If we see people as God sees them- full of potential to grow and change- we can then treat them as the person we hope they can become. This is true for children, for our spouses, even in friendships. This is how we expect the best. When they try and fail, we choose to avoid statements such as "I knew you would go back to your old ways" or "You ALWAYS are going to be this way." YUCK! Give him/her some slack! Give the person you love room to be their best and help them see that as a possibility too by the way you choose to respond to them. "That wasn't like what I know you've said you want to be, and you look frustrated at yourself. I forgive you. . ."

I have watched it work. I believe what God's word says is true. We are to think on things that are pure, lovely, true, of good report. We are to choose to focus on the positive. When we give each other slack and begin to treat each other with gentleness and positive anticipation, we will see changes. Change is not the hardest part. Letting change happen and developing new norms is much more difficult. So I ask my clients if they are willing to do that- to really trust and get into a new system- new patterns. It may mean being let down a few times- even after the other person commits to the change too. But it will also mean experiencing, giving, and receiving grace in a whole new way.

Sometimes the people closest to us strangle us the most and keep us from moving forward by trapping us in our old ways and reacting to us within pre-set stereotypes. "Suzy is always late." Sure she's going to be late every time if no one expects her to be on time anyway and even worse if they react with joking and sarcasm if she arrives early "for a change." That is no fun. "Sam never cleans his room." Well, he'll never choose to clean it if you keep telling him he's lazy and then clean it for him. Again, you get the picture.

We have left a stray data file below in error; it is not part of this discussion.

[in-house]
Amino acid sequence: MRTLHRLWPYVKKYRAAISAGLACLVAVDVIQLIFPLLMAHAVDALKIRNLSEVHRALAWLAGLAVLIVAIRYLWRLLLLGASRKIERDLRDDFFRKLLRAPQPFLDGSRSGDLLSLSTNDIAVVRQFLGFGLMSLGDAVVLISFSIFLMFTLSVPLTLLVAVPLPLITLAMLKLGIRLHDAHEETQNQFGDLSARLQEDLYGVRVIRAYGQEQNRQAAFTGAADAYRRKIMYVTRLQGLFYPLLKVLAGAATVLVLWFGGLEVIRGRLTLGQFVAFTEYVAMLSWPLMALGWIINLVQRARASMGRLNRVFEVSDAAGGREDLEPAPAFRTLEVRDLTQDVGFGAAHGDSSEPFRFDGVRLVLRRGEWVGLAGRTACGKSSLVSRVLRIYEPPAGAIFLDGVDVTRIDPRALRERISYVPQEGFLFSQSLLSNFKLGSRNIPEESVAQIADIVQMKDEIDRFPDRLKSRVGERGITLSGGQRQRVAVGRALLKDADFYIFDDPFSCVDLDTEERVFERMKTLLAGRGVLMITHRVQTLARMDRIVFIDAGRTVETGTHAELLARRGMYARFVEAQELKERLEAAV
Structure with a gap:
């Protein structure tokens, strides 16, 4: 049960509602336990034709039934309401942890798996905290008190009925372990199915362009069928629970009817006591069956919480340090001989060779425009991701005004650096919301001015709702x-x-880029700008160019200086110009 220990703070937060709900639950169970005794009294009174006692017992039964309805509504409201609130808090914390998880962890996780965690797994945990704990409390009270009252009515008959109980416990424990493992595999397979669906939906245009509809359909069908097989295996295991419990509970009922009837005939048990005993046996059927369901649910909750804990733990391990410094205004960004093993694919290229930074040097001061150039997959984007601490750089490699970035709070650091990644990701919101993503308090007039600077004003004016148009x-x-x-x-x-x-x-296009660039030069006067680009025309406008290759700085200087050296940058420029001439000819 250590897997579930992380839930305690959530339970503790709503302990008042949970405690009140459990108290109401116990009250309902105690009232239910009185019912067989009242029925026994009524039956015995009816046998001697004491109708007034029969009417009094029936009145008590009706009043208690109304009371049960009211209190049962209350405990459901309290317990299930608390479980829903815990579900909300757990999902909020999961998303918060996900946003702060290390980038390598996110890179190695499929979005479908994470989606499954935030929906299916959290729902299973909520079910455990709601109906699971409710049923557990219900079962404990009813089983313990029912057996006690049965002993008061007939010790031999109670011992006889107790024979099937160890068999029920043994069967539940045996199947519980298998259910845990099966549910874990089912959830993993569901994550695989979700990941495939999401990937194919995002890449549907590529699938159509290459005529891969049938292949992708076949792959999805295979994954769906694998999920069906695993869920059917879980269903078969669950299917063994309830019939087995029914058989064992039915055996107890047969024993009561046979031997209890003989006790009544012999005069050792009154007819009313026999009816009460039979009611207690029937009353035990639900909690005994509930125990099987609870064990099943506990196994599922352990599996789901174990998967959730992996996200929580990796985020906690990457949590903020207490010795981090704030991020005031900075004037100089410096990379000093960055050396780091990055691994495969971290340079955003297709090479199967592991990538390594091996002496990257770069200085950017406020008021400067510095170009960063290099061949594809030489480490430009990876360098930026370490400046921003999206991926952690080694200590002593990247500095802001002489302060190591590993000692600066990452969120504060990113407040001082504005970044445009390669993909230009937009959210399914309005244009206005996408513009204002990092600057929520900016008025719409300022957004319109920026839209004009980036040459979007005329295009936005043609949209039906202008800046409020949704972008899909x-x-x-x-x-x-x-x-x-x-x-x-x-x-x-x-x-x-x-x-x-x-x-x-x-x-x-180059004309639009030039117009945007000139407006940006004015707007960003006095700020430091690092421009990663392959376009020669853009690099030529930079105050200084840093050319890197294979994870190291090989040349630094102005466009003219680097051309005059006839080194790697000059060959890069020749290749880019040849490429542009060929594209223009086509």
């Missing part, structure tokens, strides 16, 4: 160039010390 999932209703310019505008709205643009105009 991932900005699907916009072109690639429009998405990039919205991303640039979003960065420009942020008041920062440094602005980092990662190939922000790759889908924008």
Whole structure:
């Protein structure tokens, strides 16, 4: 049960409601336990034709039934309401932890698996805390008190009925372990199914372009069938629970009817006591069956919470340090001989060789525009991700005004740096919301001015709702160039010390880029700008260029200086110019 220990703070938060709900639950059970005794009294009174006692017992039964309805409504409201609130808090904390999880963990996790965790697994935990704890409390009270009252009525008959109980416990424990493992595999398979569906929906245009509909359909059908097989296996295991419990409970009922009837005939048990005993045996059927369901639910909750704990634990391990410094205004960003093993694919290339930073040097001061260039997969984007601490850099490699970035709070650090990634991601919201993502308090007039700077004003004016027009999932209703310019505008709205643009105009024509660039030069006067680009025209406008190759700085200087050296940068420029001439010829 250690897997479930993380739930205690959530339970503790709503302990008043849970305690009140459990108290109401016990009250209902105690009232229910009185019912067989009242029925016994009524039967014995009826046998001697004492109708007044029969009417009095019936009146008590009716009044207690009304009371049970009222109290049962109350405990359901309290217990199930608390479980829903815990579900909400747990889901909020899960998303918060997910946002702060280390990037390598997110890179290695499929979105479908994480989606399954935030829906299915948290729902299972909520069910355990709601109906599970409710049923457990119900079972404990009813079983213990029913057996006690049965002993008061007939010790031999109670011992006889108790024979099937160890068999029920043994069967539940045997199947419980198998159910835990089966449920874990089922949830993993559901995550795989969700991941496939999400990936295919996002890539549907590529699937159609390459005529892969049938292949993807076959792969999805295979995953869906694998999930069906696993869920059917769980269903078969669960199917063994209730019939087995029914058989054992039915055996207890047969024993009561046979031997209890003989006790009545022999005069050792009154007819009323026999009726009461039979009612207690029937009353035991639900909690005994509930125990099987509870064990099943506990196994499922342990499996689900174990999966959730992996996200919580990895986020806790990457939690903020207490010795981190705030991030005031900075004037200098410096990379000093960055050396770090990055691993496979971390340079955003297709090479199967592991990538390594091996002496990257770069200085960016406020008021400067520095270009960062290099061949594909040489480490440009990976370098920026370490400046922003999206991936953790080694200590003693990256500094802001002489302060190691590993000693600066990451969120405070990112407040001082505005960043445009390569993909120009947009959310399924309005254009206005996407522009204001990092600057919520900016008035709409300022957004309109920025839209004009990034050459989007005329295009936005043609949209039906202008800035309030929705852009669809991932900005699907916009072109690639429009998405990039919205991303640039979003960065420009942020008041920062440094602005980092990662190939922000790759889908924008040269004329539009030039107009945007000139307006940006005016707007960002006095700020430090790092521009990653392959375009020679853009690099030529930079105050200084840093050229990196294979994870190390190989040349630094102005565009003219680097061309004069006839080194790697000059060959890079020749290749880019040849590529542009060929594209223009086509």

So, I challenge you to try it. Begin putting a word in your husband's ear that lets him know you respect and admire him. "I sure am thankful you always take care of our vehicles so I don't have to. I love not having to worry about getting my oil changed" or "I loved when you took me to the movies. That's one of my favorite things to do." Expecting and reinforcing the positive (sometimes with hints and sometimes just coming right out and saying it) gives the other person insight into what he can do to make you happy more often. Even "I knew you would ace that test" gives a child the idea that you were expecting his best all along, creating an environment for growth and achievement.

I could go on and on and on and on and on on this subject. But I won't. I'm going to assume the best- that you are still reading at this point- and reinforce you to come back and read again- by stopping myself at this point! Thanks for listening! And have a good day today!


Phil 4:6-8
 8 Finally, brothers and sisters, whatever is true, whatever is noble, whatever is right, whatever is pure, whatever is lovely, whatever is admirable—if anything is excellent or praiseworthy—think about such things. 9 Whatever you have learned or received or heard from me, or seen in me—put it into practice. And the God of peace will be with you. 

2 Cor 9:8
And God is able to bless you abundantly, so that in all things at all times, having all that you need, you will abound in every good work.


  1. You always exceed my expectations:). I'm sharing this with the teachers I work with. Love you!

  2. I SO needed this. Tomorrow morning, I will be greeting my students with great expectations!